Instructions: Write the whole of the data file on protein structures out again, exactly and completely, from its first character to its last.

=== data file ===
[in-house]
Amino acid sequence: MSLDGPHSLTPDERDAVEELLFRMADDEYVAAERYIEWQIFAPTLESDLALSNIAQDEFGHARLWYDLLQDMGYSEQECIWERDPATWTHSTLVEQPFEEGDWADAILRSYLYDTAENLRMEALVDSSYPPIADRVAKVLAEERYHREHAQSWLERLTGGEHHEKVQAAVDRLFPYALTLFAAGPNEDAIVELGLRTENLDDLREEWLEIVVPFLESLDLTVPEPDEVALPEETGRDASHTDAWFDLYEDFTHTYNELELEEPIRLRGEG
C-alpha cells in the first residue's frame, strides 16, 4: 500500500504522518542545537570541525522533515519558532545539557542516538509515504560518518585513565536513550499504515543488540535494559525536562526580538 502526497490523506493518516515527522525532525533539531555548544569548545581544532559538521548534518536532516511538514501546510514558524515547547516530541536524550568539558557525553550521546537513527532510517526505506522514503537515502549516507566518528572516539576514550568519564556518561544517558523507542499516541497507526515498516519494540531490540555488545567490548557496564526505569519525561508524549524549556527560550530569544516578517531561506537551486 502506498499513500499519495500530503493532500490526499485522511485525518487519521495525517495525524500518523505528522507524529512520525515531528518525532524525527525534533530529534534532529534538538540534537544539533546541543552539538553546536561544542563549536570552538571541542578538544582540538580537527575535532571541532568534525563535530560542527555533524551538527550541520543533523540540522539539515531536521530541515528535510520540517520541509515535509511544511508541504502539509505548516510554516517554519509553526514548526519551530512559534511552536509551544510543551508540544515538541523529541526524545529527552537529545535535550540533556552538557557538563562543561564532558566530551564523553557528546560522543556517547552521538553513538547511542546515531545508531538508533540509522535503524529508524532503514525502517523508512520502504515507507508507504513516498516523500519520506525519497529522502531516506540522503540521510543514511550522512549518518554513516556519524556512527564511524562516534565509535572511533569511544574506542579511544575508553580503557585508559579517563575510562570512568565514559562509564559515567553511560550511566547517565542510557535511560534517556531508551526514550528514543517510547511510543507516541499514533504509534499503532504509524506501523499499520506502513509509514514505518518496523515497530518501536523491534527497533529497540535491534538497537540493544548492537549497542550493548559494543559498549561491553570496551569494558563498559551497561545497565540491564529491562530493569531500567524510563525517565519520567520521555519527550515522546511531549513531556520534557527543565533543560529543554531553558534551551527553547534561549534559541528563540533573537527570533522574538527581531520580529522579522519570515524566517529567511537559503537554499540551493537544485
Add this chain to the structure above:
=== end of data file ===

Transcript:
[in-house]
Amino acid sequence: MSLDGPHSLTPDERDAVEELLFRMADDEYVAAERYIEWQIFAPTLESDLALSNIAQDEFGHARLWYDLLQDMGYSEQECIWERDPATWTHSTLVEQPFEEGDWADAILRSYLYDTAENLRMEALVDSSYPPIADRVAKVLAEERYHREHAQSWLERLTGGEHHEKVQAAVDRLFPYALTLFAAGPNEDAIVELGLRTENLDDLREEWLEIVVPFLESLDLTVPEPDEVALPEETGRDASHTDAWFDLYEDFTHTYNELELEEPIRLRGEG
C-alpha cells in the first residue's frame, strides 16, 4: 500500500504522518542545537570541525522533515519558532545539557542516538509515504560518518585513565536513550499504515543488540535494559525536562526580538 502526497490523506493518516515527522525532525533539531555548544569548545581544532559538521548534518536532516511538514501546510514558524515547547516530541536524550568539558557525553550521546537513527532510517526505506522514503537515502549516507566518528572516539576514550568519564556518561544517558523507542499516541497507526515498516519494540531490540555488545567490548557496564526505569519525561508524549524549556527560550530569544516578517531561506537551486 502506498499513500499519495500530503493532500490526499485522511485525518487519521495525517495525524500518523505528522507524529512520525515531528518525532524525527525534533530529534534532529534538538540534537544539533546541543552539538553546536561544542563549536570552538571541542578538544582540538580537527575535532571541532568534525563535530560542527555533524551538527550541520543533523540540522539539515531536521530541515528535510520540517520541509515535509511544511508541504502539509505548516510554516517554519509553526514548526519551530512559534511552536509551544510543551508540544515538541523529541526524545529527552537529545535535550540533556552538557557538563562543561564532558566530551564523553557528546560522543556517547552521538553513538547511542546515531545508531538508533540509522535503524529508524532503514525502517523508512520502504515507507508507504513516498516523500519520506525519497529522502531516506540522503540521510543514511550522512549518518554513516556519524556512527564511524562516534565509535572511533569511544574506542579511544575508553580503557585508559579517563575510562570512568565514559562509564559515567553511560550511566547517565542510557535511560534517556531508551526514550528514543517510547511510543507516541499514533504509534499503532504509524506501523499499520506502513509509514514505518518496523515497530518501536523491534527497533529497540535491534538497537540493544548492537549497542550493548559494543559498549561491553570496551569494558563498559551497561545497565540491564529491562530493569531500567524510563525517565519520567520521555519527550515522546511531549513531556520534557527543565533543560529543554531553558534551551527553547534561549534559541528563540533573537527570533522574538527581531520580529522579522519570515524566517529567511537559503537554499540551493537544485
Add this chain to the structure above: